Vargas et al v. Pfizer Inc. et al

Filing 148

DECLARATION of David S. Olson in Support re: 141 MOTION for Attorney Fees and Costs.. Document filed by Brian Transeau. (Attachments: # 1 Exhibit A)(Falzone, Anthony)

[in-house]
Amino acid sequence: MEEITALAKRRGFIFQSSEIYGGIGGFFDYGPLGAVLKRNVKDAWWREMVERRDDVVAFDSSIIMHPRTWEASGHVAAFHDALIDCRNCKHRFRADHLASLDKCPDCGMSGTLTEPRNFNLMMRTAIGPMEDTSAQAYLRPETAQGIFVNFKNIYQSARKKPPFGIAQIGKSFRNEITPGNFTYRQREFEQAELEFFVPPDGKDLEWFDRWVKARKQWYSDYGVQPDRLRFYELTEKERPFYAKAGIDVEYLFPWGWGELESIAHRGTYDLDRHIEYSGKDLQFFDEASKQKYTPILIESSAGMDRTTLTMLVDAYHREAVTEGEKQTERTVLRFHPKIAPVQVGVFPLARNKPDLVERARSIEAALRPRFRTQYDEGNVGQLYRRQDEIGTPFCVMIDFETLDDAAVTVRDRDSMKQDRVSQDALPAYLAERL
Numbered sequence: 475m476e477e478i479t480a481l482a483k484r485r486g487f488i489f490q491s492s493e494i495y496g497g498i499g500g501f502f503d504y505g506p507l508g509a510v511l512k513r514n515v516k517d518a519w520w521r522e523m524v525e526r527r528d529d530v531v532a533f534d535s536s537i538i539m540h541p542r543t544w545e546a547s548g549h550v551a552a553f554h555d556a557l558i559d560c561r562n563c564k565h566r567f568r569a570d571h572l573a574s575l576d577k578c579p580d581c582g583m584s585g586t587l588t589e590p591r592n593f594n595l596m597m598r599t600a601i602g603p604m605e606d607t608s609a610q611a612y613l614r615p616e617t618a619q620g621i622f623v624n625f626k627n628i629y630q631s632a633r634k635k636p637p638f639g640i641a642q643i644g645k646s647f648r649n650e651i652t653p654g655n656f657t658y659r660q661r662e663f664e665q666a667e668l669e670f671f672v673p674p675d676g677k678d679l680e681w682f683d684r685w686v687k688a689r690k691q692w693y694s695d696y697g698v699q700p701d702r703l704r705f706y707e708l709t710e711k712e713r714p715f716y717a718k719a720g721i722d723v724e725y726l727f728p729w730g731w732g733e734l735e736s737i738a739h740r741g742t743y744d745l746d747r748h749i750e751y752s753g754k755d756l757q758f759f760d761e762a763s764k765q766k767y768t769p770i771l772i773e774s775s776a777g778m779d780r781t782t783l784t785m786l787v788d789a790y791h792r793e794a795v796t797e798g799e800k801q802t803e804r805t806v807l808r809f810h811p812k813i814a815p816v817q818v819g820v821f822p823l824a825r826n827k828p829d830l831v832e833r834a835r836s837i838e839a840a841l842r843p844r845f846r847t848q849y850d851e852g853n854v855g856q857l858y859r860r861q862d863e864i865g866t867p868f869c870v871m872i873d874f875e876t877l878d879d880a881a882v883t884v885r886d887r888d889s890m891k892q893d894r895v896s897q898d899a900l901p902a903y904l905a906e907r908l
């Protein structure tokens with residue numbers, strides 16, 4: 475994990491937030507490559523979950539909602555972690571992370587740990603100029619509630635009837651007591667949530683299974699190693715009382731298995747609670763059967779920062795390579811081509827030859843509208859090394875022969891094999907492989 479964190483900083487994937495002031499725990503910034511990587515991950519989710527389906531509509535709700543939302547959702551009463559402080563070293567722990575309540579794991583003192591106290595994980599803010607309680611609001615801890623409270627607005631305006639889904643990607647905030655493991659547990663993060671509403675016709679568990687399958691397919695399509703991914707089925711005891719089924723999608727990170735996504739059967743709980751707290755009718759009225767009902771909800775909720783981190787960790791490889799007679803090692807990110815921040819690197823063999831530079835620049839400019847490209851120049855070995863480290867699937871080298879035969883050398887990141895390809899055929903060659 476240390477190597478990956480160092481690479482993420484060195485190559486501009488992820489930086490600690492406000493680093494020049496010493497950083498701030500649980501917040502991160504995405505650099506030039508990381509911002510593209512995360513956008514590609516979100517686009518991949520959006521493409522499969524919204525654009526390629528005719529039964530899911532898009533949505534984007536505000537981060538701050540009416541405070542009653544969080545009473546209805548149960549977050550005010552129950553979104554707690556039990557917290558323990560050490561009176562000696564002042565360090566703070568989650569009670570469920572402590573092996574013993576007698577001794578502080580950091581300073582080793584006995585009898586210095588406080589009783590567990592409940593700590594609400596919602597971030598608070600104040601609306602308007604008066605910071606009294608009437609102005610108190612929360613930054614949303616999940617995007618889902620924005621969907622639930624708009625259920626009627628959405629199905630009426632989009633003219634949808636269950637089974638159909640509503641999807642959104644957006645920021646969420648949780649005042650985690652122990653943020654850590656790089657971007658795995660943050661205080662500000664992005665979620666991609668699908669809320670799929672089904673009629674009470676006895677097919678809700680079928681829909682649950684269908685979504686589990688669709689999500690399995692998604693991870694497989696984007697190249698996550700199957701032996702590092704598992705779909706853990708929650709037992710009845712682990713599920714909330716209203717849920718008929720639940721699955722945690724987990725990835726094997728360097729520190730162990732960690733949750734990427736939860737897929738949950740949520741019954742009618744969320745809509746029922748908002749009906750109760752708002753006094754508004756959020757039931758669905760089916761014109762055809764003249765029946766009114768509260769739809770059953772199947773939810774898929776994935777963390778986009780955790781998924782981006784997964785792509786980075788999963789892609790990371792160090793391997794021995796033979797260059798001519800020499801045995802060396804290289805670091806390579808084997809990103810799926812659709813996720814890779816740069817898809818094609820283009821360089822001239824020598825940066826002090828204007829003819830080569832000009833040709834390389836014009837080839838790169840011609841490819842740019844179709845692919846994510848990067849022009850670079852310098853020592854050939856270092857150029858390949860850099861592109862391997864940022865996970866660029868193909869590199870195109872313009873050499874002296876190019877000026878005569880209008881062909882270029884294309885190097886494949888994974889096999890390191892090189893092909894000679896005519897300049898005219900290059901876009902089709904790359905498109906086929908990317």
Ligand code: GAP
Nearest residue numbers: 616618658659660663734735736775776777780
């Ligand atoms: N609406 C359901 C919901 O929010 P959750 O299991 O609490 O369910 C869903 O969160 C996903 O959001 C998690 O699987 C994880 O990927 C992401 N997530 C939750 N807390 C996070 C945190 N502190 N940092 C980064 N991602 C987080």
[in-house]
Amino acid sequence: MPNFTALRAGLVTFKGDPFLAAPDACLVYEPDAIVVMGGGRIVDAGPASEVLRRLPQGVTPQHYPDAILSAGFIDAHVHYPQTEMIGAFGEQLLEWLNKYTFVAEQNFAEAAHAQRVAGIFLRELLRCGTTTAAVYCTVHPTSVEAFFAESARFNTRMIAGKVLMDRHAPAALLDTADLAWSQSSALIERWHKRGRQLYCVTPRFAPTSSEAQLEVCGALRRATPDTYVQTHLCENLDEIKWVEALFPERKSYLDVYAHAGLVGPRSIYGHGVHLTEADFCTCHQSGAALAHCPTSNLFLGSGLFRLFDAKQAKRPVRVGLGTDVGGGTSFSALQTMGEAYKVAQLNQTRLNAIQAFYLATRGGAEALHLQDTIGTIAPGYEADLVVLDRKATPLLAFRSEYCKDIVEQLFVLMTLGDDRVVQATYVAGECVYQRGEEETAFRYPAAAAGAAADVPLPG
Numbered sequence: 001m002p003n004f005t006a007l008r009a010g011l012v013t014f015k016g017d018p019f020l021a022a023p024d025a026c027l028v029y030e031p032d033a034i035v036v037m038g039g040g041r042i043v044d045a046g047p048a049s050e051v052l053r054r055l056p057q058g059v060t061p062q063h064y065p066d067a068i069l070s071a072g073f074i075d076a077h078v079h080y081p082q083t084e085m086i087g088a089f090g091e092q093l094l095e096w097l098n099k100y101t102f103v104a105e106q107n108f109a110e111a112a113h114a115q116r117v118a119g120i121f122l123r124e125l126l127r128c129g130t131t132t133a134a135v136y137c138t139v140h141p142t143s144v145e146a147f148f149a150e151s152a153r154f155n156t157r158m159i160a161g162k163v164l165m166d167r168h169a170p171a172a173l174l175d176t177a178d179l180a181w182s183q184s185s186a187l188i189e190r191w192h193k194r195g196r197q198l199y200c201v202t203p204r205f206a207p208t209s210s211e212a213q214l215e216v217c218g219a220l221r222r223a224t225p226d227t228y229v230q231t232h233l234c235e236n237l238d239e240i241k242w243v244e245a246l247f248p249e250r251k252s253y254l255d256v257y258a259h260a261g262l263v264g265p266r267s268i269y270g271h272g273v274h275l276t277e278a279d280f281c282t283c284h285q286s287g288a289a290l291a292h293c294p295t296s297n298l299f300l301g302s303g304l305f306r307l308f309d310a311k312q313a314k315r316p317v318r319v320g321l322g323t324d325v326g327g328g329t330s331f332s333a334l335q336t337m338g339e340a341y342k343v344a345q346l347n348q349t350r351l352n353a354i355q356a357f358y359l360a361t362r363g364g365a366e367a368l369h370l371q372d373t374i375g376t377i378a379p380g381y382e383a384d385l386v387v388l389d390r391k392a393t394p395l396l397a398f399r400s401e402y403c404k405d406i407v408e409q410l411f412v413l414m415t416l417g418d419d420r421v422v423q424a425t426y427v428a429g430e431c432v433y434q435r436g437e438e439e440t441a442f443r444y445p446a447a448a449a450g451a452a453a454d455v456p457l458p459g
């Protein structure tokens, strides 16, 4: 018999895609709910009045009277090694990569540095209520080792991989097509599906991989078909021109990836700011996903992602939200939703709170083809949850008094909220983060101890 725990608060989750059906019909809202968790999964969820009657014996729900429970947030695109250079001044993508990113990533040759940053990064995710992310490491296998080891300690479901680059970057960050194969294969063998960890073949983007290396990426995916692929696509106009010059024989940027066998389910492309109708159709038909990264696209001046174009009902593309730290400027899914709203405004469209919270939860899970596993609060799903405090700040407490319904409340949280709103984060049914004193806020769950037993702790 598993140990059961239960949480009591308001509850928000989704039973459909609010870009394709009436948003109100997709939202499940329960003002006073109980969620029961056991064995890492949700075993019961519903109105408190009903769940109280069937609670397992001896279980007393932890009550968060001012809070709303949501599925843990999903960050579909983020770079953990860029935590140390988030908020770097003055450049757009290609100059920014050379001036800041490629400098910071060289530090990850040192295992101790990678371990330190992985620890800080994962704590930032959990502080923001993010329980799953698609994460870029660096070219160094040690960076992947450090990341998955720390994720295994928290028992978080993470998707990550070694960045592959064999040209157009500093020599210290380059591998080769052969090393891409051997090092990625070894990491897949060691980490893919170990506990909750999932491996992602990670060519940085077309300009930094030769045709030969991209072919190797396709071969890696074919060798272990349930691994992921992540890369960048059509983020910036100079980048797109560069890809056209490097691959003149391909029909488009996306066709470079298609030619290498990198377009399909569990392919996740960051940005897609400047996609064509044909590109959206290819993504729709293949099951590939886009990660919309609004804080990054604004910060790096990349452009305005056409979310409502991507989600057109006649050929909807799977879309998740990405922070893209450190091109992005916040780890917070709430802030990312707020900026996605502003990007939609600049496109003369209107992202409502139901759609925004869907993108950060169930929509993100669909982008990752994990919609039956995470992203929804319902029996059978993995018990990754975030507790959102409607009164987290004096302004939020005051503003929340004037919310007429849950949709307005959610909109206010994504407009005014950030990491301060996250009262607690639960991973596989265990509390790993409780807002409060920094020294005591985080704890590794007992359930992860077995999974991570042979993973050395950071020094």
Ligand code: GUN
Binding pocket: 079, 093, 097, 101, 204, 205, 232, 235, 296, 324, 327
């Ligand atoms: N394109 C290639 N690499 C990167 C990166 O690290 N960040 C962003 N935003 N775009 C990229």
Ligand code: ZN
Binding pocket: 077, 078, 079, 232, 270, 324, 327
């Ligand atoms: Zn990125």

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Vargas et al v. Pfizer Inc. et al Doc. 148 UNITED STATES DISTRICT COURT SOUTHERN DISTRICT NEW YORK X RALPH VARGAS and BLAND-RICKY ROBERTS, Plaintiffs, - against PFIZER INC., PUBLICIS, INC., FLUID MUSIC, EAST WEST COMMUNICATIONS, INC. and BRIAN TRANSEAU p/k/a "BT", Defendants. : : : : : : : : : : : : X Case No. 04 CV 9772 (WHP) DECLARATION OF DAVID S. OLSON IN SUPPORT OF DEFENDANT BRIAN TRANSEAU'S MOTION FOR ATTORNEYS' FEES AND COSTS I, David S. Olson, declare: 1. I am an attorney admitted to practice in New York and California. Until June 8, 2007, I was a resident fellow at the Stanford Law School Center for Internet and Society. I make this declaration in support of Defendant Brian Transeau's motion for attorneys' fees and costs pursuant to 17 U.S.C. 505. The matters stated herein are true of my own personal knowledge. 2. In May 2006, Stanford Law School Center for Internet and Society and the Cyberlaw Clinic began representing Mr. Transeau in the above-captioned matter. I was the main attorney assigned to the case and I was involved in working on all aspects of this lawsuit. This declaration documents the hours that I billed to this case. I have compiled my fee application in this matter with care, and have not billed the vast majority of my time spent working with students or on administrative tasks in this case. At the Center for Internet and Society we have the advantage and pleasure of having students from the Stanford Law School Cyberlaw Clinic who work intensively on our cases. Notwithstanding the significant benefit and help these students provided to the case, I have for the most part not billed my time working with these students. This represents a significant savings in the actual hours worked on this case. 3. I graduated from Harvard Law School in 2000. After clerking for the Honorable Jerry E. Smith on the Federal Court of Appeals for the Fifth Circuit, I worked for four years as an Intellectual Property litigator at Kirkland & Ellis LLP in New York and San Francisco. I have spent the last two years as a residential fellow and attorney at Stanford Law School Center for Internet and Society. While at the Center for Internet and Society, at least half of my time has been spent litigating copyright cases in federal district courts nationwide. My billing rate when I left Kirkland & Ellis LLP two years ago was approximately $400 per hour. My customary consulting rates begin at $350 per hour. My fellowship at Stanford has concluded, and as of July 1, 2007, I will be a tenure-track assistant professor at Boston College Law School where I will teach intellectual property law and antitrust. 4. I believe that the hourly billing rate of $300 that is requested for my time billed to this case is fair and reasonable. The rate is well below what I was billed out at two years ago at Kirkland & Ellis LLP, and is even further below rates charged by other legal professionals in New York and California with equivalent experience levels and credentials. 5. Exhibit A attached hereto shows the hours I billed to this matter on a daily basis along with descriptions of the work performed each day. This information accurately reflects the work I performed on this matter, and was compiled from my personal time records, notes, correspondence, calendar entries and computer files maintained in the regular course of my work. As noted above, Exhibit A does not contain the significant amount of time I spent working with students (many of whom I thought made contributions on par with or better than junior associates at top firms), nor, for the most part, does it contain the time I spent performing 2

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